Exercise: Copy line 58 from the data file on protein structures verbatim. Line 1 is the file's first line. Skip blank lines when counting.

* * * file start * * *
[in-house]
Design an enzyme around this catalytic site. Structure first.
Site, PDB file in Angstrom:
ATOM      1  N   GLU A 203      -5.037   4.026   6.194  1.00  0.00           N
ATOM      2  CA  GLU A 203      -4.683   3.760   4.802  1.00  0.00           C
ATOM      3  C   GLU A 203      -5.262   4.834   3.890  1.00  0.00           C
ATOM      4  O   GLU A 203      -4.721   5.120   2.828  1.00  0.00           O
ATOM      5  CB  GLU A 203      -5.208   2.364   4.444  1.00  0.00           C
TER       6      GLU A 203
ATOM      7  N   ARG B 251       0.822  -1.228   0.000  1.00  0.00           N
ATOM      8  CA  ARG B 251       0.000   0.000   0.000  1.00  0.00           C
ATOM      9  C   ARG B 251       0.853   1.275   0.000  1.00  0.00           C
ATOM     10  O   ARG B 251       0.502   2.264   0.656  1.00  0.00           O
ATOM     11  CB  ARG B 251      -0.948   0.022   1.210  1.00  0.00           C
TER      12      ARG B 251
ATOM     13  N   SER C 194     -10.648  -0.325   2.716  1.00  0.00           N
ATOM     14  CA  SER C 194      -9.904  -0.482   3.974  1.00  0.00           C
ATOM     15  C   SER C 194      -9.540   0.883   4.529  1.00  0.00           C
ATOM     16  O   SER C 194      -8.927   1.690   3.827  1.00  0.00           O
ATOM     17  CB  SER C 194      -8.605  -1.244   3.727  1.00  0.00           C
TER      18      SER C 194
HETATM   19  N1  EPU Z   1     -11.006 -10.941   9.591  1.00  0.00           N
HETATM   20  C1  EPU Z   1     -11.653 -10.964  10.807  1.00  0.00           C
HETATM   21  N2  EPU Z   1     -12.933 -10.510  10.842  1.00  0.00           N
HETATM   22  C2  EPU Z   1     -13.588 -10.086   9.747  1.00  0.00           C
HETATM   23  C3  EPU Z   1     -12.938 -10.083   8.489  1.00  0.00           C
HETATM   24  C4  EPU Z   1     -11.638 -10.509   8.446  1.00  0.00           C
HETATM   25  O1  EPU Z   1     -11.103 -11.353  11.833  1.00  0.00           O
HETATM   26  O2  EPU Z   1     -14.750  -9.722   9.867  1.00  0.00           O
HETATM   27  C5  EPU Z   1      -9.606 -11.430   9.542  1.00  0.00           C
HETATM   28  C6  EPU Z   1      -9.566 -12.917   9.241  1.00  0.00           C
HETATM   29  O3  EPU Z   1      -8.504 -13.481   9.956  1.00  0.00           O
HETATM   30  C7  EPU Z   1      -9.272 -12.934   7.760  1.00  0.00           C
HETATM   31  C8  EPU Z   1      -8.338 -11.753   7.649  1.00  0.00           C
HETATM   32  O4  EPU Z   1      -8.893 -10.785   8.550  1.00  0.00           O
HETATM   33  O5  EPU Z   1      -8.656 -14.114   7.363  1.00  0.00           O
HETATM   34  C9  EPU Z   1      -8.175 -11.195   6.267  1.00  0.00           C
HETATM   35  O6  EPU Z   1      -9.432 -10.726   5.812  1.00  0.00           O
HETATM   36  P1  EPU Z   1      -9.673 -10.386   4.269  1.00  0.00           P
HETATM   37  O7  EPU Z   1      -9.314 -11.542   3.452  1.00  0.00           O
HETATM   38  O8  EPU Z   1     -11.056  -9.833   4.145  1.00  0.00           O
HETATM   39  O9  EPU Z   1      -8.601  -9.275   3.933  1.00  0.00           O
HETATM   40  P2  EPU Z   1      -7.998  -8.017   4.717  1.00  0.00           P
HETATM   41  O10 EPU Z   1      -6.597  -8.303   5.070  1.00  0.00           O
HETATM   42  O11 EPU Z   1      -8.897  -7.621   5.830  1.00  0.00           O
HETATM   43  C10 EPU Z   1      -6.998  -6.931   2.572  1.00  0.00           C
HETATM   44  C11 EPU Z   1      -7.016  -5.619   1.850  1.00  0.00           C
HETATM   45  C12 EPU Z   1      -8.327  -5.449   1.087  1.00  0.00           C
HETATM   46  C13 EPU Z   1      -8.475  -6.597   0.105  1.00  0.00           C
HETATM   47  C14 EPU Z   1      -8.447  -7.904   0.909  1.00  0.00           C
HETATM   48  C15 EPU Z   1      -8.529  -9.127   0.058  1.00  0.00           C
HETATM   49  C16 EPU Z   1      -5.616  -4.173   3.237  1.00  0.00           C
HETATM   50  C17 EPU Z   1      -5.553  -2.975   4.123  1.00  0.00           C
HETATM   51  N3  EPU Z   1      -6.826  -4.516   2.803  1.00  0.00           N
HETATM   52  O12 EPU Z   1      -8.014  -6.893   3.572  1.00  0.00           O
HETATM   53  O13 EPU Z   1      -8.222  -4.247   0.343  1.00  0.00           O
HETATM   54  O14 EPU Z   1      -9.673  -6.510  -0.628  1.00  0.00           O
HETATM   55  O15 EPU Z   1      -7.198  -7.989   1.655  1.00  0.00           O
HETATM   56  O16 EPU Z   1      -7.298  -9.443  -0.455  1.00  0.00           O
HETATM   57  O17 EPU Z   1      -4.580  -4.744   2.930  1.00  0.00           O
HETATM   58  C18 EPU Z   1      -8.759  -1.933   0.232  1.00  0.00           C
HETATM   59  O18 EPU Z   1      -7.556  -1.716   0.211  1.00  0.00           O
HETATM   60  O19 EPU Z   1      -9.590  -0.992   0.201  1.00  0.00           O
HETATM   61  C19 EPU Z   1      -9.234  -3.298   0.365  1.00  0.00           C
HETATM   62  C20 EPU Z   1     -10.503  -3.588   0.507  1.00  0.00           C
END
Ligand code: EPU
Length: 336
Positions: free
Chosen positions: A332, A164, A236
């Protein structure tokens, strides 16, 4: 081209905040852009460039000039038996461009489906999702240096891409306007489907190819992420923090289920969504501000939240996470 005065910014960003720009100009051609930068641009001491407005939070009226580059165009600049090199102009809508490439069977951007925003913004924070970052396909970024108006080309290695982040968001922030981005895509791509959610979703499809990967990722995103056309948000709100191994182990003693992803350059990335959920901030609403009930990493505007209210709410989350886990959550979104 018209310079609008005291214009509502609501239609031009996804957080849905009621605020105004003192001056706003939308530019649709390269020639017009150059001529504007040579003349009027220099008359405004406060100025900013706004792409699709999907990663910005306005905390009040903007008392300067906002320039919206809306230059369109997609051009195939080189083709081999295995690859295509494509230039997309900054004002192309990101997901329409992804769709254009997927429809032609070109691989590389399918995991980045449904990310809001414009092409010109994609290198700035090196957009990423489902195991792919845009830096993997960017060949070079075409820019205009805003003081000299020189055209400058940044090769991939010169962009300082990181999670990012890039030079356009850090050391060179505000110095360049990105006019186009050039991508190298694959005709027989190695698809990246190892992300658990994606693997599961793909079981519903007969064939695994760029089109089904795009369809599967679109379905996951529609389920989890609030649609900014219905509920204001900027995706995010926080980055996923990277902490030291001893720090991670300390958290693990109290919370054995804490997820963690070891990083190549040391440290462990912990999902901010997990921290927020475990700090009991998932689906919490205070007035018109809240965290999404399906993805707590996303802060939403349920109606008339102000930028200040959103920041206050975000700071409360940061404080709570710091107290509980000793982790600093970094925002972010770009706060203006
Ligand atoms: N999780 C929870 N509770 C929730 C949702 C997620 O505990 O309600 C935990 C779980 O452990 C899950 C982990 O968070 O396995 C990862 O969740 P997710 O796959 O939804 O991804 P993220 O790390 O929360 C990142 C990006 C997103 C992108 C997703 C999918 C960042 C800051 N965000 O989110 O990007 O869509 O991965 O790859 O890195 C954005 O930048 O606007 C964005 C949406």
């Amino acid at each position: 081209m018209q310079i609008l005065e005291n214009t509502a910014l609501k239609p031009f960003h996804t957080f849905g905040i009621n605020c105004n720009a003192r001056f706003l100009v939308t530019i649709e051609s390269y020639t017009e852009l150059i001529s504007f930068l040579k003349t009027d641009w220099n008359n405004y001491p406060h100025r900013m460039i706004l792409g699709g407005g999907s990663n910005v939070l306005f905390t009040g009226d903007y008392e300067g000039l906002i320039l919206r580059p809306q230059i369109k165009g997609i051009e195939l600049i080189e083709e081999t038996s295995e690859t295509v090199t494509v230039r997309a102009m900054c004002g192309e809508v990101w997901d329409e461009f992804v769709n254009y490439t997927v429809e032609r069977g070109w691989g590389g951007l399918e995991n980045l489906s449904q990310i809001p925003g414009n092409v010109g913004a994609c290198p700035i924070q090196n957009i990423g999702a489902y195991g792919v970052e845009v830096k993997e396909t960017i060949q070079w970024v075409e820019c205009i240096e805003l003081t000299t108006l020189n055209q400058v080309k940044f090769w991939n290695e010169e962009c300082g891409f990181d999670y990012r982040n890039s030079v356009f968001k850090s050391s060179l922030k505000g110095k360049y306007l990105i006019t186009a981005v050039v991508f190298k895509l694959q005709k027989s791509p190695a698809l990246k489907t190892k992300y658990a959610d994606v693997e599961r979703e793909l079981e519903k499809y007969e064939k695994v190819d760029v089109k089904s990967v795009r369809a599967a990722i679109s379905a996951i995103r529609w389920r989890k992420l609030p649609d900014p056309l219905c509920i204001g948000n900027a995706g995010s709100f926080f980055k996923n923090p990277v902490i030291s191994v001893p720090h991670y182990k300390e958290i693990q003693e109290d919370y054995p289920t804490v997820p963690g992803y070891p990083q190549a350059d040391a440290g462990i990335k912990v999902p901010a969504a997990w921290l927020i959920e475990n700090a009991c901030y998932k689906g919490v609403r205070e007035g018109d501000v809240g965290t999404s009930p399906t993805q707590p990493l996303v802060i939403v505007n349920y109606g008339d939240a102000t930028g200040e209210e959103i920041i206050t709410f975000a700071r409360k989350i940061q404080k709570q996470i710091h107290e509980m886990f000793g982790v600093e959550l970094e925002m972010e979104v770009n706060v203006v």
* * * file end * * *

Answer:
HETATM   55  O15 EPU Z   1      -7.198  -7.989   1.655  1.00  0.00           O